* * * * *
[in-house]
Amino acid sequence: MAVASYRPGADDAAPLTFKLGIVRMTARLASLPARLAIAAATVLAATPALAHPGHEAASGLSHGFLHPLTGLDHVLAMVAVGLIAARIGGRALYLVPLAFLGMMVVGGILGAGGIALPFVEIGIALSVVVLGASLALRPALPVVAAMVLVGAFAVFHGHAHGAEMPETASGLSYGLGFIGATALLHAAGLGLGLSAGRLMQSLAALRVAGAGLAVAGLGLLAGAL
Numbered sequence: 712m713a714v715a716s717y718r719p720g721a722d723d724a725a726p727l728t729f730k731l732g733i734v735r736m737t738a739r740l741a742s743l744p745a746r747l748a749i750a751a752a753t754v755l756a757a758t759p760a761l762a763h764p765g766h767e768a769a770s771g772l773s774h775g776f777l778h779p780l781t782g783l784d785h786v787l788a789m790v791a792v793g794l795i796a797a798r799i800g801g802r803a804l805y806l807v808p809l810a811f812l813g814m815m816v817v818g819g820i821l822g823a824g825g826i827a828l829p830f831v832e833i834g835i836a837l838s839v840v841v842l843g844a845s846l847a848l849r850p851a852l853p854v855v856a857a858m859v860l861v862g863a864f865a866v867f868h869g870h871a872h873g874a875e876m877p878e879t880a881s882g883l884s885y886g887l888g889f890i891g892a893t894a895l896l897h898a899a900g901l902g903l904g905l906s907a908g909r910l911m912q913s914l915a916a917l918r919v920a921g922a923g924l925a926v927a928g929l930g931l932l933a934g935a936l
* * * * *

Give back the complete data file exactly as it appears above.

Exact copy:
[in-house]
Amino acid sequence: MAVASYRPGADDAAPLTFKLGIVRMTARLASLPARLAIAAATVLAATPALAHPGHEAASGLSHGFLHPLTGLDHVLAMVAVGLIAARIGGRALYLVPLAFLGMMVVGGILGAGGIALPFVEIGIALSVVVLGASLALRPALPVVAAMVLVGAFAVFHGHAHGAEMPETASGLSYGLGFIGATALLHAAGLGLGLSAGRLMQSLAALRVAGAGLAVAGLGLLAGAL
Numbered sequence: 712m713a714v715a716s717y718r719p720g721a722d723d724a725a726p727l728t729f730k731l732g733i734v735r736m737t738a739r740l741a742s743l744p745a746r747l748a749i750a751a752a753t754v755l756a757a758t759p760a761l762a763h764p765g766h767e768a769a770s771g772l773s774h775g776f777l778h779p780l781t782g783l784d785h786v787l788a789m790v791a792v793g794l795i796a797a798r799i800g801g802r803a804l805y806l807v808p809l810a811f812l813g814m815m816v817v818g819g820i821l822g823a824g825g826i827a828l829p830f831v832e833i834g835i836a837l838s839v840v841v842l843g844a845s846l847a848l849r850p851a852l853p854v855v856a857a858m859v860l861v862g863a864f865a866v867f868h869g870h871a872h873g874a875e876m877p878e879t880a881s882g883l884s885y886g887l888g889f890i891g892a893t894a895l896l897h898a899a900g901l902g903l904g905l906s907a908g909r910l911m912q913s914l915a916a917l918r919v920a921g922a923g924l925a926v927a928g929l930g931l932l933a934g935a936l